important site http://dmsgarageservices.com/milyoki/mastervydy/8126 site de rencontres 44 gratuit los hombres y las citas https://restaurantmartinwishart.co.uk/atom/3521 read here http://itwixie.com/?rimotyr=site-de-rencontre-pour-blanc&926=3f how to see if my wife is on dating sites http://www.thewoolshed.com.au/?mirti=site-de-rencontres-bouddhistes&51c=fd Front page of the Wall Street Journal today, A1, “Investors Prod Apple On Child iPhone Use”. The article is about the “growing public-health crisis of youth phone addiction”.
A group of investors, together with the California State Teacher’s retirement system, sent a letter to Apple on Saturday asking them to both develop new apps that will help parents more easily control their kids’ phone use, and to study the effect of overuse on kids’ mental health.
A little like asking Phillip Morris to study the effects of smoking on our lungs, but well asked, at any rate.
I’ve posted here before on the some of the data coming out about the effects of too much screen/phone time on our kids.
Here’s the deal. You do have power here. You buy the phone, you pay the monthly bill, you are the parent. Please, do not be afraid of your children’s disapproval or the disapproval of your friends who have chosen to do it differently from you. You know in your gut what is right for your kids, do that.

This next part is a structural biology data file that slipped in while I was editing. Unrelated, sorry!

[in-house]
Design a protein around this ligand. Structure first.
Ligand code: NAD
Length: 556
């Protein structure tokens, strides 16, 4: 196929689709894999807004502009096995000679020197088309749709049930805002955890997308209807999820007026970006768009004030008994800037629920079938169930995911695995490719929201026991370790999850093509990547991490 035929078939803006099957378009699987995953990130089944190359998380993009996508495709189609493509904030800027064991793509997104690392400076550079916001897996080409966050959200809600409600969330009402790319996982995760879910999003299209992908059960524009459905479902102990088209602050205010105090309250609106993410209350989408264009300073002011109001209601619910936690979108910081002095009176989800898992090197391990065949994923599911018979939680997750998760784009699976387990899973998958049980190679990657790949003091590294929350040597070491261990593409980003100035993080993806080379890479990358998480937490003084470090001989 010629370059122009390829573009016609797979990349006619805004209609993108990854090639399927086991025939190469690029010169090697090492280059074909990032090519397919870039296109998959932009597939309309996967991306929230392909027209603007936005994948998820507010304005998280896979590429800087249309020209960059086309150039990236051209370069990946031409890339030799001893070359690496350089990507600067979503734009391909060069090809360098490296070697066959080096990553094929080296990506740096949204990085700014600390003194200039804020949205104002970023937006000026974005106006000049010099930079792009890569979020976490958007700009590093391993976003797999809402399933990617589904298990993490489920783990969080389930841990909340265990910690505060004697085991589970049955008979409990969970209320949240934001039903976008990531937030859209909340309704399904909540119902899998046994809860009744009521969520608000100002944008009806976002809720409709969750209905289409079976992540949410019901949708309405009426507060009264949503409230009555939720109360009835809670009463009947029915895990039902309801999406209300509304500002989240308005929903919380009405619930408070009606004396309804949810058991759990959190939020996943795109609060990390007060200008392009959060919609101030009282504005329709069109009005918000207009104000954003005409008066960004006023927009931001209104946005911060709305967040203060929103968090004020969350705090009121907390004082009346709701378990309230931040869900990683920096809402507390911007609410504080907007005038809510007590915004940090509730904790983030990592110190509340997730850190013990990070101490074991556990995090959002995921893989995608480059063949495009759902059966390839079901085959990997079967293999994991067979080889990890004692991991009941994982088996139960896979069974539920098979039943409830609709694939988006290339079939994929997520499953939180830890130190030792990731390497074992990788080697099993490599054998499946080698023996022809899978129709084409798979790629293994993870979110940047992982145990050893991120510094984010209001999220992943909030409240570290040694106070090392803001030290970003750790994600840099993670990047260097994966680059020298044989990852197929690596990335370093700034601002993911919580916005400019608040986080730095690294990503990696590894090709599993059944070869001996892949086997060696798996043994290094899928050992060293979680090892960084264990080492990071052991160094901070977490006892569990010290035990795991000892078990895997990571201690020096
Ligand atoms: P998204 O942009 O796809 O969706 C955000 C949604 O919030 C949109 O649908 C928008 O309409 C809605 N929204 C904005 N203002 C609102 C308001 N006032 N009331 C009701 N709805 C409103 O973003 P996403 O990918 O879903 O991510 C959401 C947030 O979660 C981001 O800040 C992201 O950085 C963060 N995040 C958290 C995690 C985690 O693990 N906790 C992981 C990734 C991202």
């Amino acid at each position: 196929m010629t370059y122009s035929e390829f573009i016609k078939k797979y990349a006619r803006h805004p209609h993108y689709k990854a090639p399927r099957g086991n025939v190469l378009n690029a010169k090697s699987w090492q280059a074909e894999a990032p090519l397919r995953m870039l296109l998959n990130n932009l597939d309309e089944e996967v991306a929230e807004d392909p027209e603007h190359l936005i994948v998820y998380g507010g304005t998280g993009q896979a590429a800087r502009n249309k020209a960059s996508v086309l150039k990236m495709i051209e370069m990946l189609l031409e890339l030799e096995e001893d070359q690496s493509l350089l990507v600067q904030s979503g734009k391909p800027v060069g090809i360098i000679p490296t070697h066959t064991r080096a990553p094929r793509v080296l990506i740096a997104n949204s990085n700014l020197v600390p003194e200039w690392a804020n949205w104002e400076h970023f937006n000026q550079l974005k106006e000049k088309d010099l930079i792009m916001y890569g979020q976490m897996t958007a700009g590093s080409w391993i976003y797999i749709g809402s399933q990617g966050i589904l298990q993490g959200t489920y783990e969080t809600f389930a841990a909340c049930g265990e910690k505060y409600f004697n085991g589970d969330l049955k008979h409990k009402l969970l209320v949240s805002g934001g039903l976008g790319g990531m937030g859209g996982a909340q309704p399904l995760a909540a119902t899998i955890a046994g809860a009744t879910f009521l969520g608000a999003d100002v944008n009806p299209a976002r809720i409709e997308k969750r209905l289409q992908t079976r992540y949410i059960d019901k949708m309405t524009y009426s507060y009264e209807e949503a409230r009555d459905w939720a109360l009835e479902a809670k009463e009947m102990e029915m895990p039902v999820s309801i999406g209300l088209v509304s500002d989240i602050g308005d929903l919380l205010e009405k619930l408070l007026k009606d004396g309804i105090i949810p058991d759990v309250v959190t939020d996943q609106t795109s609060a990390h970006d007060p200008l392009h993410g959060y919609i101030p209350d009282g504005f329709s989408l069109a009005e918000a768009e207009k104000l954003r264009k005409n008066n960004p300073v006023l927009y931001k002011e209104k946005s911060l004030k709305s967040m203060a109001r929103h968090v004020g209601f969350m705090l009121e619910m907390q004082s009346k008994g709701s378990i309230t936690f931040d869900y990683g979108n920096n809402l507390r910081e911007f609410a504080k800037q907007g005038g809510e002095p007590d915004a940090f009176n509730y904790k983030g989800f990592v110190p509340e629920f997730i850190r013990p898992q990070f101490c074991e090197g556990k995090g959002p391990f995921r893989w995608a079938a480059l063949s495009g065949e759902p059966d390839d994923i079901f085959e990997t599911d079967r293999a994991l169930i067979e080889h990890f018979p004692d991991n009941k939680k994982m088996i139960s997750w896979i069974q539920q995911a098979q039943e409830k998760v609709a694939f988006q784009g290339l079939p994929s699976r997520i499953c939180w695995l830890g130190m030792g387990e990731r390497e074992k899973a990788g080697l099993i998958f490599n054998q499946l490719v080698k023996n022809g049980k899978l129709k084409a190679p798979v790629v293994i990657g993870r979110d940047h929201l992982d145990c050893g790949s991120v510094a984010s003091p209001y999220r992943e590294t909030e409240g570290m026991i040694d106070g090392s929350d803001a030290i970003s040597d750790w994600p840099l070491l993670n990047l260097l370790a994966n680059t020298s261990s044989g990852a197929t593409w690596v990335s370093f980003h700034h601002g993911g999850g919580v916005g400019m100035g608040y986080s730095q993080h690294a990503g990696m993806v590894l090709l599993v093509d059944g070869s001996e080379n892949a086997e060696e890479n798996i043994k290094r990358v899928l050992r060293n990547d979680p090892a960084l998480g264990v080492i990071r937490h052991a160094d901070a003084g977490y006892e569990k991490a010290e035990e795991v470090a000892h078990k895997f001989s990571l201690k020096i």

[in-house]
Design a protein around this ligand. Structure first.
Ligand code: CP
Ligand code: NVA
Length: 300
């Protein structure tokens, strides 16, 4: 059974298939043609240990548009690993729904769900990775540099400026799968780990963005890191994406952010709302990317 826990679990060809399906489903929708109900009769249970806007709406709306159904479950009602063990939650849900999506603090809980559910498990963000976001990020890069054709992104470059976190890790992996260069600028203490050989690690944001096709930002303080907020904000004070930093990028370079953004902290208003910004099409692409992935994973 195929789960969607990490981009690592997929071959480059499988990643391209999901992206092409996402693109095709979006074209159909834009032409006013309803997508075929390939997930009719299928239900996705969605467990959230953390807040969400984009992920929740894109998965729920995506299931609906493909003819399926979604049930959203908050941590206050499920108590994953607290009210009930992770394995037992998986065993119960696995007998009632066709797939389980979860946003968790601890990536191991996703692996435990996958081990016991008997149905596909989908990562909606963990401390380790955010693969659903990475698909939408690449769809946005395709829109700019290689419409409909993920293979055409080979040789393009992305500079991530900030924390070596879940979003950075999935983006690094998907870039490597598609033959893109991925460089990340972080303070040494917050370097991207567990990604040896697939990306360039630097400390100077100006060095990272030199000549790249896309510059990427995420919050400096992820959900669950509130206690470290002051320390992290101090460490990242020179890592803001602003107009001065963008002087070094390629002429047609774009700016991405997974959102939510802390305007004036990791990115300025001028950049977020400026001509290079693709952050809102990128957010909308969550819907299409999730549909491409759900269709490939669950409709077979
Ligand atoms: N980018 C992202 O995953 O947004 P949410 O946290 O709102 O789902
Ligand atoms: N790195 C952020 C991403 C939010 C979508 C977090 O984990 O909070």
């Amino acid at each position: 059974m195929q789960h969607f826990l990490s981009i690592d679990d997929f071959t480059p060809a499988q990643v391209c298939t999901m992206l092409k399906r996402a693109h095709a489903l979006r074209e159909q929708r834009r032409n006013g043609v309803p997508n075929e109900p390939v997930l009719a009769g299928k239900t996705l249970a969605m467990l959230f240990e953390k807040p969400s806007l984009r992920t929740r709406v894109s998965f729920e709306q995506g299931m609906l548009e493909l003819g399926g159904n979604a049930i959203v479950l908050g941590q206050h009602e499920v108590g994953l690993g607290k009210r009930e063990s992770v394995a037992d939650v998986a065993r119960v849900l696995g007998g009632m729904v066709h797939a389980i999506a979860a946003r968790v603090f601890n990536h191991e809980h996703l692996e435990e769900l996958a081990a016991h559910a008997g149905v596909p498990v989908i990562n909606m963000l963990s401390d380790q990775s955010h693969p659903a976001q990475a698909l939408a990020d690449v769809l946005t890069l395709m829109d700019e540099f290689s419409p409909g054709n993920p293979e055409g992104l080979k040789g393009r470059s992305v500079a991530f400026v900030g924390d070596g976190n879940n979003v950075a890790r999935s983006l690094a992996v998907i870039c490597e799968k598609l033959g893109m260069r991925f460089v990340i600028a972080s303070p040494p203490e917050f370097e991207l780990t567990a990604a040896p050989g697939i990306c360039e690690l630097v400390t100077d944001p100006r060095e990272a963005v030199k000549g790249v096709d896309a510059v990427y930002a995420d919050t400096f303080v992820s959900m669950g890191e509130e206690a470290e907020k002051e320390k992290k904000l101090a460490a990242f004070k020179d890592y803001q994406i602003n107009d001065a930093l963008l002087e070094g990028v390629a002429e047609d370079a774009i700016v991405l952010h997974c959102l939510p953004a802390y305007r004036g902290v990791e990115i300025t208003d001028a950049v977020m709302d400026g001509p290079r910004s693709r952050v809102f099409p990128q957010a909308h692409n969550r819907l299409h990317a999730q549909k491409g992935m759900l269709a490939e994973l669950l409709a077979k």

If you’re curious, here’s how my husband and I handled this (and, for what it’s worth, our children are all straight-A students with normal BMIs who still enjoy talking with us).
No screen time Mon-Thurs during the school year. That’s right, zero. If you need to be on the computer to research something, you do it in a room with the door open where I can see you. (And then I go check on them multiple times.) One hour of screen time or one movie per day Fri, Sat and Sun. No smart phone till you have accepted an offer to attend college at the university of your choice. (Or military branch, or mission field, but no smart phone till you have stepped on the path of your adult life direction.)
My daughter told her friends we were Amish.
What did they do when that (horror!) boredom set in? They rode their bikes, they build fairy houses out of sticks and rocks, they read actual, paper, books. I had and still have an “art cart” in the kitchen, just to the side of the kitchen table, stocked with play-dough, little plastic cookie-cutters, crayons, paper of all kinds, water colors etc. They wrote and performed plays. (Note, do not put blue food coloring in the whipped-cream for the pie-in-face big dramatic finish.) They played board games with each other. My now sixteen year old spent literally hours shooting hoops.
At 6’2″, Mr. JV Basketball Player still has only a flip phone.
Their minds are rich ground for growth at this age. They can learn languages like we learn a new recipe for chicken. They are building the bone strength that will last them the rest of their lives (but only if they are using their bodies). They, we hope, are learning how to meet and talk to other actual human beings.
You do what is right for your kids. You don’t have to listen to me; you don’t have to do it the way we did. But, for sure, if there is something you want to do for them but are afraid to, look to that, sister. And be brave.